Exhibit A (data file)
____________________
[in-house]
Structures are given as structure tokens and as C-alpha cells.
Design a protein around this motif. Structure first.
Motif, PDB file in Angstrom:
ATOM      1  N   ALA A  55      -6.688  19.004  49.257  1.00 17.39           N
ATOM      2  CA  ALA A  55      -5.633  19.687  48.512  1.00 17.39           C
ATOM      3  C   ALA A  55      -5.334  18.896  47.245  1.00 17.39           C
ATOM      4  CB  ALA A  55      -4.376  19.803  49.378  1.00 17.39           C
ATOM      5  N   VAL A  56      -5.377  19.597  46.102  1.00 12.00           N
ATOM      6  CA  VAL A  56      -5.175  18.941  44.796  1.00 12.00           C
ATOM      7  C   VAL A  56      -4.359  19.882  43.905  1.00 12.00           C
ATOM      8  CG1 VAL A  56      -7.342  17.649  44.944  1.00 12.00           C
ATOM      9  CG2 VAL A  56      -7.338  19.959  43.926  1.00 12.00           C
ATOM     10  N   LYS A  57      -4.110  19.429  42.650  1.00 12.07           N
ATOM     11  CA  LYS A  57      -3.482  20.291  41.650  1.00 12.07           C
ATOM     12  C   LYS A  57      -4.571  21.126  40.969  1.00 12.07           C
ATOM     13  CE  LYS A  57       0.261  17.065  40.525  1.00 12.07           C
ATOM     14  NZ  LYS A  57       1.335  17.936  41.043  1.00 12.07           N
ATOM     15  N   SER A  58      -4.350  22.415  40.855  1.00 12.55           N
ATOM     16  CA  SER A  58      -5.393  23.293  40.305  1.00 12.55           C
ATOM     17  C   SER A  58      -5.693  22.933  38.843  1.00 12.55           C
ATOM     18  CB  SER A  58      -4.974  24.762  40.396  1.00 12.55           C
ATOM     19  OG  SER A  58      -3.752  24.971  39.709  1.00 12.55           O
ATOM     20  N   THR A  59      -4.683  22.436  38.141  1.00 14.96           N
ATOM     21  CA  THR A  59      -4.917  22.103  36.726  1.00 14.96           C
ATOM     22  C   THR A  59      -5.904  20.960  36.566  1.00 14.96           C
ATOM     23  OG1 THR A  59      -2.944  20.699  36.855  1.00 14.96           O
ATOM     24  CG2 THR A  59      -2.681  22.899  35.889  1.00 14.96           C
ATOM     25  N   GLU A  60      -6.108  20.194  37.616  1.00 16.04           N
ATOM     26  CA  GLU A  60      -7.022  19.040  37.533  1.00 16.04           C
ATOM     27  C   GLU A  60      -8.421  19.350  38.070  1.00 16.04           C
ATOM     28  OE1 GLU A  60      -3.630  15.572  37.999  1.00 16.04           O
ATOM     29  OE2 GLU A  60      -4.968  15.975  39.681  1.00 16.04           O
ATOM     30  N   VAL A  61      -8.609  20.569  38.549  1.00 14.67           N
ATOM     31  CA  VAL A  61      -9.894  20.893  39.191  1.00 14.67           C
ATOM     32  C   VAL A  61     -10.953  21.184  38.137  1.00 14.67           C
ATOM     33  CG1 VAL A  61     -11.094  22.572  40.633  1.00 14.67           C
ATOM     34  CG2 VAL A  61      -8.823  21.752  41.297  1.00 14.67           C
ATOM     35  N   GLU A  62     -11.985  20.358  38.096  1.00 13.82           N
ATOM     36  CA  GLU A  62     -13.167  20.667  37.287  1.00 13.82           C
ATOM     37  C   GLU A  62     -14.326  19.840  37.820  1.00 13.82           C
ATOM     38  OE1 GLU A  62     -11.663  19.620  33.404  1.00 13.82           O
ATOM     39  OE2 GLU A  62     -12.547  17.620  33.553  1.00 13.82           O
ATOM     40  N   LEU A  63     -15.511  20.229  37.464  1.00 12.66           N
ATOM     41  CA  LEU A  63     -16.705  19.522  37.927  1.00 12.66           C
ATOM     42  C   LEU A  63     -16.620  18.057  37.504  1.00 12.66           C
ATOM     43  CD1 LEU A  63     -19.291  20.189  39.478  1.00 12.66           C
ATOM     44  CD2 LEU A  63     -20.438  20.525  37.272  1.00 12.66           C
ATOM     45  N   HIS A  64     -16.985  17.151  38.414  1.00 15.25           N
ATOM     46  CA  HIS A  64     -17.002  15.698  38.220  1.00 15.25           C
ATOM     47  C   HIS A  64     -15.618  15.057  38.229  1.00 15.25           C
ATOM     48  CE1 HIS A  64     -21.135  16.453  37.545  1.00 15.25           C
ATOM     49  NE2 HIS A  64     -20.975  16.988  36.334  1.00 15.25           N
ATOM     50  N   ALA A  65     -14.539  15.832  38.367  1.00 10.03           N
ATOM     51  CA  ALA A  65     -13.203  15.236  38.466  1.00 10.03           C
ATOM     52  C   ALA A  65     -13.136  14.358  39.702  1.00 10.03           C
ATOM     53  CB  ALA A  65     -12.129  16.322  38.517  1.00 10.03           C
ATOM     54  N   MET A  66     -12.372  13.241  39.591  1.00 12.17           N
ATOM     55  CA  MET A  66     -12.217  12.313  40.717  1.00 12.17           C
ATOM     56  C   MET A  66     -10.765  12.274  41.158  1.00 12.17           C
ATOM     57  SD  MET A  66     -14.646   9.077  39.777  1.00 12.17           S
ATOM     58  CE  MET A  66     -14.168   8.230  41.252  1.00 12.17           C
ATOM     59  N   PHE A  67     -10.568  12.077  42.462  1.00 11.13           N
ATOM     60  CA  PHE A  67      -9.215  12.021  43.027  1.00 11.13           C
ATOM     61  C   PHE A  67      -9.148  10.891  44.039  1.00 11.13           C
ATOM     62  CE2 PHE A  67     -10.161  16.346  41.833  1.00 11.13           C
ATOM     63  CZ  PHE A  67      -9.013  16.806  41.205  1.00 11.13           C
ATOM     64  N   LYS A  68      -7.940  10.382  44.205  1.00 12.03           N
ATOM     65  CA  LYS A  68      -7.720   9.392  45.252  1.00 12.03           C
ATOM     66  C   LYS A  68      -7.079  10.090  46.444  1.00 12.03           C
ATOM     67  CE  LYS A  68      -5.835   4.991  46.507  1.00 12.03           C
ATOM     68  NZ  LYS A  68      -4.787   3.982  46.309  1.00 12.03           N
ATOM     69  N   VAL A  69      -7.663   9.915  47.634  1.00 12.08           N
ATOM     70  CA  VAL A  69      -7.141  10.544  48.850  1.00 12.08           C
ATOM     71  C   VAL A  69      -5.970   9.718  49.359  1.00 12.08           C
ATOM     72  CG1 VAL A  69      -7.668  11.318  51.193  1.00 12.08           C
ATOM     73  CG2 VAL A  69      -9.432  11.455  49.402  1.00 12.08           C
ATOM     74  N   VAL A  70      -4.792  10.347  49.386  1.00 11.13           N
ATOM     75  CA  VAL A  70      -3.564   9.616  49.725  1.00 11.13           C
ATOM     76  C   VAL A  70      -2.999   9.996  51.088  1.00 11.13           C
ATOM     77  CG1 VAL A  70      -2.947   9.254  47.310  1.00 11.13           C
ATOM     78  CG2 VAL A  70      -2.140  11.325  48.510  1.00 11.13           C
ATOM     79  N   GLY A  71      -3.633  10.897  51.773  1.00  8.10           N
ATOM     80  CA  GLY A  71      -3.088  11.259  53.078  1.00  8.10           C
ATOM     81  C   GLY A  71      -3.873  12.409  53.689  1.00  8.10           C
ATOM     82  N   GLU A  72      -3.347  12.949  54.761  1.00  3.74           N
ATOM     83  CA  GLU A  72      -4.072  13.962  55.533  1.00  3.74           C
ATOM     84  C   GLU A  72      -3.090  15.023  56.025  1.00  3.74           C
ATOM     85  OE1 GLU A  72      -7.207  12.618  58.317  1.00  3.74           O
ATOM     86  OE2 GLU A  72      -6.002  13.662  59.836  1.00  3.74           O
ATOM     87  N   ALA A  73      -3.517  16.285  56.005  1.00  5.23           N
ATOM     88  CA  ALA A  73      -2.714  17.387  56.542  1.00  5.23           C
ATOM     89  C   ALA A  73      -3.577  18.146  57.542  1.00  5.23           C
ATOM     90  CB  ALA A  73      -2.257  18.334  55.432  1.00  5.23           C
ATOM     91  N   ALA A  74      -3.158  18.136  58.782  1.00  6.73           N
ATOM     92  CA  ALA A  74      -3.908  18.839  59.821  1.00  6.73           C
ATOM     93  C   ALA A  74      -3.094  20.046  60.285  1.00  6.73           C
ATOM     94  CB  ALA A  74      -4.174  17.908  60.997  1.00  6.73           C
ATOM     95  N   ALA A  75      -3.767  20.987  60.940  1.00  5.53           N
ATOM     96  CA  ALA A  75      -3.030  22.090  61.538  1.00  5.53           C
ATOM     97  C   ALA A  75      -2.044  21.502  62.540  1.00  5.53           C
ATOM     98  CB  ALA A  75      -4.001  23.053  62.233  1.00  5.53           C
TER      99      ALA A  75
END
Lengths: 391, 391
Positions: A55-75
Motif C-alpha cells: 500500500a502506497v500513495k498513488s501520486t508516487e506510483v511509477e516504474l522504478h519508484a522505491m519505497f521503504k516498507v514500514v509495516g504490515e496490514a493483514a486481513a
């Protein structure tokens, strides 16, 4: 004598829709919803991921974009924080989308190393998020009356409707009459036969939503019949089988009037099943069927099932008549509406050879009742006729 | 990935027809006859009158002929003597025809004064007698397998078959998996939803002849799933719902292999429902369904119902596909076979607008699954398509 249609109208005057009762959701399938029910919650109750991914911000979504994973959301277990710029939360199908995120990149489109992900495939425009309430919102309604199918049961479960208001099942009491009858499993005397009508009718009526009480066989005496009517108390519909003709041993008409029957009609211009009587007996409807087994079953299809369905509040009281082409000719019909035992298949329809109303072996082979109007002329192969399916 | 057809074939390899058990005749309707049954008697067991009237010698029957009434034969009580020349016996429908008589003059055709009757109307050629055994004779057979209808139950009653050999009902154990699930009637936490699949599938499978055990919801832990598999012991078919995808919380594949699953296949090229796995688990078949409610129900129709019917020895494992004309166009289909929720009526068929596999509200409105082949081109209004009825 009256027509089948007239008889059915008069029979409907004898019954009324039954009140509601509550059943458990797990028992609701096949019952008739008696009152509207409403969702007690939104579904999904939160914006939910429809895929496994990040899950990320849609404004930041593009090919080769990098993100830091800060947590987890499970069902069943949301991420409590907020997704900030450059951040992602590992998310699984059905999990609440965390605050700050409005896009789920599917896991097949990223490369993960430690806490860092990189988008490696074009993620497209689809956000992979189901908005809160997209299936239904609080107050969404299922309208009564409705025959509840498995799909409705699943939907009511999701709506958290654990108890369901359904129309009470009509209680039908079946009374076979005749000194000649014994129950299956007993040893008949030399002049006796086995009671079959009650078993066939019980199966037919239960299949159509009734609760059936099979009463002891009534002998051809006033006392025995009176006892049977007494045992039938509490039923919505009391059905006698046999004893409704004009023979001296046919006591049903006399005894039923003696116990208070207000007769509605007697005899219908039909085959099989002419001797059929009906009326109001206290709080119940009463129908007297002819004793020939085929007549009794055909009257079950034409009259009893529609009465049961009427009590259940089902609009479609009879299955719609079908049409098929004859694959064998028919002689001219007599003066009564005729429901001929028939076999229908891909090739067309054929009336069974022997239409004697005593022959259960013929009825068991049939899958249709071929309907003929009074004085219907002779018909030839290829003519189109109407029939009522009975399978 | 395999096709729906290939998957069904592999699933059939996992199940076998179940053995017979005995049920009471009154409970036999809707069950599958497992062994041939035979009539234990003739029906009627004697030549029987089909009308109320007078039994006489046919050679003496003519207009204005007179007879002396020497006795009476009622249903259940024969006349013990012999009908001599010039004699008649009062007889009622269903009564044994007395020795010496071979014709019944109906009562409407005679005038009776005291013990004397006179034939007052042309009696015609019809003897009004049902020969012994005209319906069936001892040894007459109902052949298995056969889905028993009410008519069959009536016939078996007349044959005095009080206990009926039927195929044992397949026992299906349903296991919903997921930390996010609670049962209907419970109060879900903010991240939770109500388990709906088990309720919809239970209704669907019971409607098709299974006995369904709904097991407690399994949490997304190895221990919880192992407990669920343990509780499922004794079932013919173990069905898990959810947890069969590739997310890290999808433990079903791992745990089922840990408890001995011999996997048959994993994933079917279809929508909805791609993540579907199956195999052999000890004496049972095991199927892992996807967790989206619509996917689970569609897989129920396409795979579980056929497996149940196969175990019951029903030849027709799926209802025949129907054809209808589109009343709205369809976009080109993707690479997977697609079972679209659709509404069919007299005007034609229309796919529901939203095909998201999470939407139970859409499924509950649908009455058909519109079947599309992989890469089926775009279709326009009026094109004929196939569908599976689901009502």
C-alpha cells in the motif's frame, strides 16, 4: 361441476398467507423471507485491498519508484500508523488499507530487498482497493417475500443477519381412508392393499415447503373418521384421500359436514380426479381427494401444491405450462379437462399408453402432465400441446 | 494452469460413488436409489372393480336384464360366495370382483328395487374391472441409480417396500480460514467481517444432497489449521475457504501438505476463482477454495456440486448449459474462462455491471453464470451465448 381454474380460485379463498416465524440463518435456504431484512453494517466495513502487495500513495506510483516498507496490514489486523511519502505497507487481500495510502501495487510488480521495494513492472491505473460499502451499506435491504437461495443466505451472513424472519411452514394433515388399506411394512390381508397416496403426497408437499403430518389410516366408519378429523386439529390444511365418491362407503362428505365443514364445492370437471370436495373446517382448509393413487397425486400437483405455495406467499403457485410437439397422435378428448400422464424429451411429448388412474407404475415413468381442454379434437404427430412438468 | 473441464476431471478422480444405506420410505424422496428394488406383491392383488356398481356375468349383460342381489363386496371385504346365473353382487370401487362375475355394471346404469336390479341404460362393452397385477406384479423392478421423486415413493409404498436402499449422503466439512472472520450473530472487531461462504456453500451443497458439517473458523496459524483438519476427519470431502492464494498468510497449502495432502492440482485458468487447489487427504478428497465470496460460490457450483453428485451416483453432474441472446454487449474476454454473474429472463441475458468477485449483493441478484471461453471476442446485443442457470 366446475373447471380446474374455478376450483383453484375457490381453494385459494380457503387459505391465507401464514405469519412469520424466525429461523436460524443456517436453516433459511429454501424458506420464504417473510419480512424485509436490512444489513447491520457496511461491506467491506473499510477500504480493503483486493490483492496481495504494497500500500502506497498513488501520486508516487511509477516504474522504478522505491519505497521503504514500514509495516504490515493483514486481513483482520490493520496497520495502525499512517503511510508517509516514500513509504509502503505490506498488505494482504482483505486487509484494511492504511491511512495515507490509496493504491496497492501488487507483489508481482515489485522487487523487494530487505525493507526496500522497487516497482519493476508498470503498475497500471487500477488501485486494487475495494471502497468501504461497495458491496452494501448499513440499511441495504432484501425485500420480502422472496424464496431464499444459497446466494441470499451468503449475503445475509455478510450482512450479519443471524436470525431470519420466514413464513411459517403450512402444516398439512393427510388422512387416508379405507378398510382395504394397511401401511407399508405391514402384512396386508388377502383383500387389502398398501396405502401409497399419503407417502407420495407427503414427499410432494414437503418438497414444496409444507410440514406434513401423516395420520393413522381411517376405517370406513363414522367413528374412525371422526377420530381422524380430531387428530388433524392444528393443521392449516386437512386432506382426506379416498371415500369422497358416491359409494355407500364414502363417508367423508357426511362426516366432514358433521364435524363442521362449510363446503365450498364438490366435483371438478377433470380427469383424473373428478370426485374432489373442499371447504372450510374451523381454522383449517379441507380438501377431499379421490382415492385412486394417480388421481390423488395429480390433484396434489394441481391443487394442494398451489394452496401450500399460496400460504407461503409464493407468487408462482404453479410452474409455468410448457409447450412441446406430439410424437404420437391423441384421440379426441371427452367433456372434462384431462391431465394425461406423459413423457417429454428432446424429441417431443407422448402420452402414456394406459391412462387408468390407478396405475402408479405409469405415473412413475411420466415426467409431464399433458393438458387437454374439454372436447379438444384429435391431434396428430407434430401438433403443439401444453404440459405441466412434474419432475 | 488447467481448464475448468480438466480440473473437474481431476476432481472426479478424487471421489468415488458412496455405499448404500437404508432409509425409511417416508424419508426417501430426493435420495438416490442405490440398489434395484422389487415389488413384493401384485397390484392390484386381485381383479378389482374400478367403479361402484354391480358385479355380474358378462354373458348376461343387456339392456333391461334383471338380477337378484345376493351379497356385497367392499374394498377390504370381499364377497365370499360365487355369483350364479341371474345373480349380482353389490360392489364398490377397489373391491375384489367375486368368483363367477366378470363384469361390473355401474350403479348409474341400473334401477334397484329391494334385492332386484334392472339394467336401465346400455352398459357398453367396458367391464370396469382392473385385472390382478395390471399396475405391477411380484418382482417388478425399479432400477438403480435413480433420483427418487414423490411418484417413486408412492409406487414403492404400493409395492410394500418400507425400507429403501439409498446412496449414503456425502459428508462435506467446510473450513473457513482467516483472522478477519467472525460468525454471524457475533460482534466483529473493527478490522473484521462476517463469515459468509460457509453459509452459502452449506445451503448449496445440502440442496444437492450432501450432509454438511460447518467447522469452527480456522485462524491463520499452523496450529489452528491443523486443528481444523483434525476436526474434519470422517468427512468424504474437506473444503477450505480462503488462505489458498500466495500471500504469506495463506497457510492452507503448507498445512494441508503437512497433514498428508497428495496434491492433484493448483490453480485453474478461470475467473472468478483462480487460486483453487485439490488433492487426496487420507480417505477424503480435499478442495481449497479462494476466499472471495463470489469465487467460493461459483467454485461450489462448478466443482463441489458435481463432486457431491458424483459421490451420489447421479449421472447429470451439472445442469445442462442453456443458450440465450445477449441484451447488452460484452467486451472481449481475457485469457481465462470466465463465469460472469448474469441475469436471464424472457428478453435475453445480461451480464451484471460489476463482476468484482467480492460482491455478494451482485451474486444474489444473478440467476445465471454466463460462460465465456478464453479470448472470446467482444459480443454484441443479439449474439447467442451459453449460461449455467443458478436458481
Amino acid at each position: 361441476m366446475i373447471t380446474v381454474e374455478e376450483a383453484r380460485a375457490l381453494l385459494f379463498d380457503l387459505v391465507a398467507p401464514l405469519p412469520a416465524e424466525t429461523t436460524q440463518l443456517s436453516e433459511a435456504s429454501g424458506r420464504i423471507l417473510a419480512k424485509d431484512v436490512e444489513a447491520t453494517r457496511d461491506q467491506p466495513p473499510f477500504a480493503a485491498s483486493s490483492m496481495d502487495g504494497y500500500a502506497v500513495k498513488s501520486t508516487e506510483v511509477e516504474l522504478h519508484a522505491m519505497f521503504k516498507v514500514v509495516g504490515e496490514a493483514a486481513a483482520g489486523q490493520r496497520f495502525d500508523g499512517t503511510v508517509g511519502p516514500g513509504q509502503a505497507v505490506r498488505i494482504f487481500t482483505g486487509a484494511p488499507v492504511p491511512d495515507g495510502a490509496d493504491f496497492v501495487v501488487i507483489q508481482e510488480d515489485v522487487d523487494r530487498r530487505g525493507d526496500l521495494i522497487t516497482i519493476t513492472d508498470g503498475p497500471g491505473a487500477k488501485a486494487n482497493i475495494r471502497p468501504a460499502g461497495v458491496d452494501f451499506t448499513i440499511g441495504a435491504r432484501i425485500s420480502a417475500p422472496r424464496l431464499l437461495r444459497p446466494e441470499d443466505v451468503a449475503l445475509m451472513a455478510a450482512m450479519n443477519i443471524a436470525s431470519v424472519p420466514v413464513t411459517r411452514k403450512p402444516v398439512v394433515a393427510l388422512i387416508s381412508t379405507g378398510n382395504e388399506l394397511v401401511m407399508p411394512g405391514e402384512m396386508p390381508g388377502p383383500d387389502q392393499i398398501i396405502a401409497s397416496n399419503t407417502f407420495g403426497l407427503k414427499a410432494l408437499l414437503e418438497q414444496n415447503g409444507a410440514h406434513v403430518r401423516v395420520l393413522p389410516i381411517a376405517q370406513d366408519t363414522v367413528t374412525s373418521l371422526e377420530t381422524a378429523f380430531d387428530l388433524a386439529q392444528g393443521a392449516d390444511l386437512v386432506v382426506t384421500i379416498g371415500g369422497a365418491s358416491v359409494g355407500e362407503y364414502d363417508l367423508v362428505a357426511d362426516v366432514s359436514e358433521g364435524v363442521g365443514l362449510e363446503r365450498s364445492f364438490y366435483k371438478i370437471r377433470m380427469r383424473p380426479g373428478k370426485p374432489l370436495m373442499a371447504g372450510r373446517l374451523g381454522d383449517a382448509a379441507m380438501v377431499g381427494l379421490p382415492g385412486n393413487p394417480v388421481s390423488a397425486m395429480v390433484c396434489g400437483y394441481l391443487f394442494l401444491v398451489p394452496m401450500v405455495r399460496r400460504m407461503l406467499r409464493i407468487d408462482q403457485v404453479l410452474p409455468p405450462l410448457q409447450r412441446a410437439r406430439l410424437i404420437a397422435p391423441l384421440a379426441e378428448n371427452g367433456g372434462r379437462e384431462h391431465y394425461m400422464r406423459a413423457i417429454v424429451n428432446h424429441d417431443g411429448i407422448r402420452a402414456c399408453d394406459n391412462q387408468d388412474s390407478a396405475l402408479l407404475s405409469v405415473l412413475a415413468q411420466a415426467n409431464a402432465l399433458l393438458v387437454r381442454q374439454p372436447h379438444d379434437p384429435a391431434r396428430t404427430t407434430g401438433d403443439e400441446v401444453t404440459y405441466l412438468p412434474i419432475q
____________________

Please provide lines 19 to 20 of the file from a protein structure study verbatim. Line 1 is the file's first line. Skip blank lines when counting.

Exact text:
ATOM     15  N   SER A  58      -4.350  22.415  40.855  1.00 12.55           N
ATOM     16  CA  SER A  58      -5.393  23.293  40.305  1.00 12.55           C